Appeared the 2nd witness (Oluf Olsen, 2nd engineer) who stated:
- that he was in the steward's cabin when the torpedoing took place. The wireless operator and the steward were alos there. All three of them ran out on deck from where they were washed over board. They were taken into the lifeboat shortly afterwards. The witness did not see anything of those who lost their lives. Of the engine room staff, the chief engineer was on watch, the 3rd engineer was probably in his cabin, the donkeyman was in the engine room as was also fireman Trygve Larsen.
Final Fate - 1941:
S/S ”Inger” departed Milford Haven for Reykjavik on Aug. 19-1941 with 1300 tons coal and 200 tons coke, joining the westbound North Atlantic Convoy ON 9.
On Aug. 23, she was instructed to go to Loch Ewe escorted by two trawlers (reason not known; a British and a Belgian ship also received the same order).
At 22:00 GMT that evening, she was southbound in position 58(48?) 58N 07 50W (about 30 n. miles northwest of Butt of Lewis, Scotland) when S/S ”Inger” was hit by two torpedoes from U-143 (Gelhaus), the first one striking on the port side near the engine room and the second one (about 6 seconds later) near No. 4 hatch, also on the port side. Luckily, the starboard lifeboat had come loose and floated near the captain, the 1st mate and the 2nd mate who were in the water, and 11 more were picked up by them, but no more survivors were seen as day dawned. The escort vessels had continued, but the lifeboat was located by an aircraft and the men picked up by the fishing trawler Ladylove that same morning and taken to Stornoway. 3 men had been killed in the engine room, another 6 had gone down with the ship. Hearings were held in Glasgow on Sept. 2-1941 with the captain, the 1st mate and the 2nd engineer appearing. At that time, the captain had still not obtained an explanation as to why they had been ordered to return to port.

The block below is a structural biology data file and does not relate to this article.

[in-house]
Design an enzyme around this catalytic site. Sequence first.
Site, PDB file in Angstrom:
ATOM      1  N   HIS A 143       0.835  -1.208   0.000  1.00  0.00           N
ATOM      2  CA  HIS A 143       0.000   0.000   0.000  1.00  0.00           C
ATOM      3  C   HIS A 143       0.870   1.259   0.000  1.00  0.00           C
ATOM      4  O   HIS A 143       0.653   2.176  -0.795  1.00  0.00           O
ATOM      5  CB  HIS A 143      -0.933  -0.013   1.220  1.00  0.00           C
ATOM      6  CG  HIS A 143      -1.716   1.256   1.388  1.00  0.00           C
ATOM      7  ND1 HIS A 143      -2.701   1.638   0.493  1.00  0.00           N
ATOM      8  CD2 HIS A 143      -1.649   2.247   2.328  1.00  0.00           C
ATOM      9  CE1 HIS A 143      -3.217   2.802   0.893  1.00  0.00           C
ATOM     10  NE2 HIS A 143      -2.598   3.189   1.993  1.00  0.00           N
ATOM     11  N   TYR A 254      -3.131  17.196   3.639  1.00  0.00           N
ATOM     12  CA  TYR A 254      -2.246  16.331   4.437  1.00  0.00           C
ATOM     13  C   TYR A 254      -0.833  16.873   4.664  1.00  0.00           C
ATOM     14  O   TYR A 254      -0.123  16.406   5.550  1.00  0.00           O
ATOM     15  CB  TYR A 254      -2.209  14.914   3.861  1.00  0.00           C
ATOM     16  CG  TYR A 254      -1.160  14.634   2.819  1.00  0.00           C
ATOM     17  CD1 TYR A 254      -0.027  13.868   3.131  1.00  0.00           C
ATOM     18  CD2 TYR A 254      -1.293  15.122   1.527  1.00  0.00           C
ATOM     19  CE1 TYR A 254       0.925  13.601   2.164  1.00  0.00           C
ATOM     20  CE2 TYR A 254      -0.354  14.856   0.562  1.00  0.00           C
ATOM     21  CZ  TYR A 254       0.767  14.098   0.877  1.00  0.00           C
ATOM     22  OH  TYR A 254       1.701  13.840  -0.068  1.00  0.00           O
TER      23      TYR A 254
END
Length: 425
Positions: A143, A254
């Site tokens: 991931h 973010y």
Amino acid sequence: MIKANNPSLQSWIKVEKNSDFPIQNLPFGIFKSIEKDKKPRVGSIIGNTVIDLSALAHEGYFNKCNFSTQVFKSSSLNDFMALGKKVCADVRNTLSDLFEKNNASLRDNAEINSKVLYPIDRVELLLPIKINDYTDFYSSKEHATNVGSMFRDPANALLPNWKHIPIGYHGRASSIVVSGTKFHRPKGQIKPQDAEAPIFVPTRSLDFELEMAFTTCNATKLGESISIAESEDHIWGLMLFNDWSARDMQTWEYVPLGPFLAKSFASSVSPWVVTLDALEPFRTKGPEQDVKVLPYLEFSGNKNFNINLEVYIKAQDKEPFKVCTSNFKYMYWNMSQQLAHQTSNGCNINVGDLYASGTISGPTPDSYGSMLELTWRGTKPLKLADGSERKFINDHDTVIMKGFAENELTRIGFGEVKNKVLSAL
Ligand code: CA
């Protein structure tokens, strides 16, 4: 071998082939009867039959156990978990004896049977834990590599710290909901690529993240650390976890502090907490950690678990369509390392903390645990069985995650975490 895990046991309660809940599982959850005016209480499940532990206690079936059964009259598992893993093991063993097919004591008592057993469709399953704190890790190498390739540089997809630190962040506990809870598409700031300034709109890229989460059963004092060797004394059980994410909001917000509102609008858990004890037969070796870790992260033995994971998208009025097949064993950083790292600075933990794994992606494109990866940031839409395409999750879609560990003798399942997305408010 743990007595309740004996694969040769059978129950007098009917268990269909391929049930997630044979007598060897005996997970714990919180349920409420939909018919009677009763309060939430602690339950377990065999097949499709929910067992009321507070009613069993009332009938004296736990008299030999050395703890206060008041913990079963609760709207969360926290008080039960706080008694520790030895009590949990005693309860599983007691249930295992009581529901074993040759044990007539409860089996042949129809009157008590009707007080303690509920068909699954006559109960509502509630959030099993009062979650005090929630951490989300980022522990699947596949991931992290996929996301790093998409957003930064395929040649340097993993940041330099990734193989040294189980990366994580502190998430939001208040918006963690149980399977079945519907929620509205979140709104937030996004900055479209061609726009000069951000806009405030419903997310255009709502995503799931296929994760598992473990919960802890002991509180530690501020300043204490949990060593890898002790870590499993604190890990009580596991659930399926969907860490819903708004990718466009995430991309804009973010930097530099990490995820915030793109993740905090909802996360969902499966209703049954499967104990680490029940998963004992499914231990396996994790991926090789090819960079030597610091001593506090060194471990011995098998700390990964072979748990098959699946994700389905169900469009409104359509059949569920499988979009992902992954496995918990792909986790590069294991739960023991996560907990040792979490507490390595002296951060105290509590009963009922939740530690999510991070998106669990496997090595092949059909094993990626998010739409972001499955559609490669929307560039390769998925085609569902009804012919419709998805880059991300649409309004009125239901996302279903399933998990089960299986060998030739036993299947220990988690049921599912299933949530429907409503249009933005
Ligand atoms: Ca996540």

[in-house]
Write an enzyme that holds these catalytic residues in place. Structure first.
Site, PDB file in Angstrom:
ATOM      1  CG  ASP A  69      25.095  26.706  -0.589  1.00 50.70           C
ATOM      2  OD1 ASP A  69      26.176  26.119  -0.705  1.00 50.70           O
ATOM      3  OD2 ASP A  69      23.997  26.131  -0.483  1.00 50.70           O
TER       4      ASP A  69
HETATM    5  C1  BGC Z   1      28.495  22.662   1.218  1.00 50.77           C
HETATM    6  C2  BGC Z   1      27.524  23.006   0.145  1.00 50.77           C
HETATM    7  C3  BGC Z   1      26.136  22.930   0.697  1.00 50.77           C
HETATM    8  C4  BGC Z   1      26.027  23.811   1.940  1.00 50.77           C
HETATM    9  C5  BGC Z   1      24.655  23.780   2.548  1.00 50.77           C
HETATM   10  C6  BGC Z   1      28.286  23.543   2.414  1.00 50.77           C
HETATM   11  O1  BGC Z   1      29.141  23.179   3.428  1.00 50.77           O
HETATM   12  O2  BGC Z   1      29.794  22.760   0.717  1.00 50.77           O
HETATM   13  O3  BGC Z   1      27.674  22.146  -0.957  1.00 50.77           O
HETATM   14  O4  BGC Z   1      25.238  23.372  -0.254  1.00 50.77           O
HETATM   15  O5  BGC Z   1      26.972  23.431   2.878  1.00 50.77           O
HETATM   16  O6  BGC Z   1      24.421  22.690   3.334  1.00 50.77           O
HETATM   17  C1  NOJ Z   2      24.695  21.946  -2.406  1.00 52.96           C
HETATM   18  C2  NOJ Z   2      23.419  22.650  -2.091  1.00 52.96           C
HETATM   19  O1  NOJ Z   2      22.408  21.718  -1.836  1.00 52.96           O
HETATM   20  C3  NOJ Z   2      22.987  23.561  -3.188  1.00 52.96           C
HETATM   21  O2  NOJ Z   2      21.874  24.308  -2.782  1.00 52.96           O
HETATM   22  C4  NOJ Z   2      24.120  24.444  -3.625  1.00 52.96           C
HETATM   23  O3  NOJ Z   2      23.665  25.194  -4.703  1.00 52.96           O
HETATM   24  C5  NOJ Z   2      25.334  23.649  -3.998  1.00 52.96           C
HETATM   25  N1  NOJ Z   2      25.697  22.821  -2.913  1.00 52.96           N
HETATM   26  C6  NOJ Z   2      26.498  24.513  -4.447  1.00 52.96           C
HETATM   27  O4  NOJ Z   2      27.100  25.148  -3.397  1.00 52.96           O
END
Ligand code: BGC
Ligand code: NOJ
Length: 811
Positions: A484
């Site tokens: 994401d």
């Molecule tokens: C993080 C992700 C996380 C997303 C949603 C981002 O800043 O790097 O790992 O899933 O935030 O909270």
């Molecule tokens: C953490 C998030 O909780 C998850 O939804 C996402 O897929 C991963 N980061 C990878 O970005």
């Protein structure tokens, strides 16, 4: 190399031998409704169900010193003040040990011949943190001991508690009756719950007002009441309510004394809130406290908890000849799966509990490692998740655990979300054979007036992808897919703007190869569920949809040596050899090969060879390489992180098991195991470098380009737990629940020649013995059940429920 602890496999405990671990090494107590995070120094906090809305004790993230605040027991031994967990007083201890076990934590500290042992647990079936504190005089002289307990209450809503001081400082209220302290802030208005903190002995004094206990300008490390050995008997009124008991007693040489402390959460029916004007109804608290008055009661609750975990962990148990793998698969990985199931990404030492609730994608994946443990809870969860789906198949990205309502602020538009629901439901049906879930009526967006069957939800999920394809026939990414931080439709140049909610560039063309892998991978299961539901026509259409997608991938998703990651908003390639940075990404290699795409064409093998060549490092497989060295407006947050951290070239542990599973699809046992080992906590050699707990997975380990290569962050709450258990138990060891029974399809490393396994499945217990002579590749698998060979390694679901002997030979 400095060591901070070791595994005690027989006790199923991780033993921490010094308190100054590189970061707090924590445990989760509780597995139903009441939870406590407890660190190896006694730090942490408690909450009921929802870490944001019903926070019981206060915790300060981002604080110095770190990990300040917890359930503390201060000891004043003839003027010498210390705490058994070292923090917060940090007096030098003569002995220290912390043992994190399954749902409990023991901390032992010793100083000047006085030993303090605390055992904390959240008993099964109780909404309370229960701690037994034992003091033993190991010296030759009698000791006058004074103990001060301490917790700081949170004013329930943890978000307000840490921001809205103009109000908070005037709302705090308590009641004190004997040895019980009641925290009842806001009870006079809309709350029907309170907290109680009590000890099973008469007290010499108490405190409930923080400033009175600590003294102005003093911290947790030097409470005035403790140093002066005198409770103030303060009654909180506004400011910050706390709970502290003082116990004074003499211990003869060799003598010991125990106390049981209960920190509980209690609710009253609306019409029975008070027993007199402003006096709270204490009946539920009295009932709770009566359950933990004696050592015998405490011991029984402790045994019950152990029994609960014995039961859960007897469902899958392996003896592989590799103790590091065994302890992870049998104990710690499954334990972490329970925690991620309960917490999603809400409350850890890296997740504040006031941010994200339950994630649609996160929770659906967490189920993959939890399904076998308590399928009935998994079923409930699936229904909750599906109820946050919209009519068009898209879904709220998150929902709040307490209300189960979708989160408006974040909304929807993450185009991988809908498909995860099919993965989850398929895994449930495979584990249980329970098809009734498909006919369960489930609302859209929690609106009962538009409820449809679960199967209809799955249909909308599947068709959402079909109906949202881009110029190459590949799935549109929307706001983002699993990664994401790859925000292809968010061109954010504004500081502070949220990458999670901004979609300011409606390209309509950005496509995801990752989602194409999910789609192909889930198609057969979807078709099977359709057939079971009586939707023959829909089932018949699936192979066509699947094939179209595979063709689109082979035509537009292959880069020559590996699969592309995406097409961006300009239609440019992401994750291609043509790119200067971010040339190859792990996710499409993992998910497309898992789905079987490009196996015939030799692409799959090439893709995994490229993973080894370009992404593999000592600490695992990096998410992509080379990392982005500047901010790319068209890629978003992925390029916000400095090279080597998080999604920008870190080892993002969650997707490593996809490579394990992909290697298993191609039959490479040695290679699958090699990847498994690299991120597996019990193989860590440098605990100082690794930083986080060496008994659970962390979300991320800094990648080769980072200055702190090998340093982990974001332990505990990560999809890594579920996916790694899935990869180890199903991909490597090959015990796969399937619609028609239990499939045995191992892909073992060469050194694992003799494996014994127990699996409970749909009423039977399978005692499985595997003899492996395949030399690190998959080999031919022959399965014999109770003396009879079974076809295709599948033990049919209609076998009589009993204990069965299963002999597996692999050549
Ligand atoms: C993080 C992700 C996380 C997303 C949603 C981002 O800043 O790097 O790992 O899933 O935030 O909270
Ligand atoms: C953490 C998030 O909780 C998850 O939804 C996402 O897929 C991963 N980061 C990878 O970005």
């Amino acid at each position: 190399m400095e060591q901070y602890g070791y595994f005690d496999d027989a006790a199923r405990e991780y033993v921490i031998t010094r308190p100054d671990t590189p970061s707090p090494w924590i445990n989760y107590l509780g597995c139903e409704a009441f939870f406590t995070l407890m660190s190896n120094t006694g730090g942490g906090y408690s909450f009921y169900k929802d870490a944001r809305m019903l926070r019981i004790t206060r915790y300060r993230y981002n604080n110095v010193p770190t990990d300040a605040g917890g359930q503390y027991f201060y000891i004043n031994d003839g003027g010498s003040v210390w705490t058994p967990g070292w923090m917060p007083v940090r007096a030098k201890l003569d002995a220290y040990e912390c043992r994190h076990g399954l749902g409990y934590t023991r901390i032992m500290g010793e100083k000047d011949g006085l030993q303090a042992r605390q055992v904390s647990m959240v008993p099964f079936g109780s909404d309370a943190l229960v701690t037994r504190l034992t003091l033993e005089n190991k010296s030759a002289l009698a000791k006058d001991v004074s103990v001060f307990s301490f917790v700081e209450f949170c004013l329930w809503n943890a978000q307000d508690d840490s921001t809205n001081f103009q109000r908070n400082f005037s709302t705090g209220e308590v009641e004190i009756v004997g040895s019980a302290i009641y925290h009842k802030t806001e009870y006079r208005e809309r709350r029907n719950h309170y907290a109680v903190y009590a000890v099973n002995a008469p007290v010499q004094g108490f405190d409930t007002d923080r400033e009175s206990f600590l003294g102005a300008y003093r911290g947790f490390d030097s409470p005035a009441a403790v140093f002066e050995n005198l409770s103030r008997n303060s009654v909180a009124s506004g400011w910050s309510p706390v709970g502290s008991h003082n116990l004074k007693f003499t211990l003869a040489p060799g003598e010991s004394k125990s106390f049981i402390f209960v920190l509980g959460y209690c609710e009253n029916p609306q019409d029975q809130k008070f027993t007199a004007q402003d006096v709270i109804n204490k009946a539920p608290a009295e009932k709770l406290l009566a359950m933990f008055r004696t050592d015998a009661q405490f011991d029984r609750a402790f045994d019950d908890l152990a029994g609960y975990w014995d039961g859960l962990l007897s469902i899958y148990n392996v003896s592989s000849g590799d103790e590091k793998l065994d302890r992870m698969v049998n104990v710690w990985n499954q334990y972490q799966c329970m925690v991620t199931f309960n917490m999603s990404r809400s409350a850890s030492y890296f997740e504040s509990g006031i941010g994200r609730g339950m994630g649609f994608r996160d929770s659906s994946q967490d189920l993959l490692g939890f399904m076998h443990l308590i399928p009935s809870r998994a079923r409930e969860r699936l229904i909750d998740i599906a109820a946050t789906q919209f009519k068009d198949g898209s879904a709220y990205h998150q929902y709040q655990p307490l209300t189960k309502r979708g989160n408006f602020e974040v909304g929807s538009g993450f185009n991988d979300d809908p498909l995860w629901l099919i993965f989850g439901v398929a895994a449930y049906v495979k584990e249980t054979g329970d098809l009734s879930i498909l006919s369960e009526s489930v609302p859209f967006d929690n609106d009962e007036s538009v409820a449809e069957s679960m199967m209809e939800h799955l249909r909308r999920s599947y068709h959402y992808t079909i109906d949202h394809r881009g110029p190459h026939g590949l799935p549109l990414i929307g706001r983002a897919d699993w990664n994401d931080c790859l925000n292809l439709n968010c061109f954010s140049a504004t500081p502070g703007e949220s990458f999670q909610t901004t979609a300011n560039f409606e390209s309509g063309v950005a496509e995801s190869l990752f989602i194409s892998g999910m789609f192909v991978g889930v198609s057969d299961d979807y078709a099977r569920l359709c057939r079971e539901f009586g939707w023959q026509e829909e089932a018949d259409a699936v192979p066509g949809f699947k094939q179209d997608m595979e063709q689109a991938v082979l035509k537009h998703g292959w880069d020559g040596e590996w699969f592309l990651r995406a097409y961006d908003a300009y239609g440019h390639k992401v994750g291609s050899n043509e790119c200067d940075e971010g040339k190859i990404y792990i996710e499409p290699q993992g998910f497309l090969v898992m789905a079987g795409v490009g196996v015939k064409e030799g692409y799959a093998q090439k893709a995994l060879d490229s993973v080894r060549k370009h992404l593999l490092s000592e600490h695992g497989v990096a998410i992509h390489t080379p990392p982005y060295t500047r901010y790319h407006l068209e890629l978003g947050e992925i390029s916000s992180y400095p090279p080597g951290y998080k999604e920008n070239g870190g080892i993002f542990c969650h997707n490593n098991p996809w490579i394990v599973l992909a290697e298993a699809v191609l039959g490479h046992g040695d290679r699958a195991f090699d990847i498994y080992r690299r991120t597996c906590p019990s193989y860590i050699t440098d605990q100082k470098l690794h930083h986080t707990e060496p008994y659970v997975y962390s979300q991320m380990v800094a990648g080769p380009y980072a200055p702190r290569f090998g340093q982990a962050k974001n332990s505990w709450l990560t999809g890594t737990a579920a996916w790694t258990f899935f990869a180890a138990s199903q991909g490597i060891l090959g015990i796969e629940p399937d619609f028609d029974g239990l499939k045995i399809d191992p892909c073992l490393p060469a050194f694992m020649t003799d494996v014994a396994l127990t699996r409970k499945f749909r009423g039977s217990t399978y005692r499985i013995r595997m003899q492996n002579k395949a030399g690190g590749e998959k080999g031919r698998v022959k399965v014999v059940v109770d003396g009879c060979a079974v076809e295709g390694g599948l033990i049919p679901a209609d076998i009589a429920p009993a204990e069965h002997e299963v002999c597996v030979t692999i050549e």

Kilder: Krigsseilerregisteret, www.uboat.net, www.warsailor.com, Våre Falne, Minnehallen i Stavern og Sjøhistorie
Registernummer London: 5382
Registernummer New York: 13882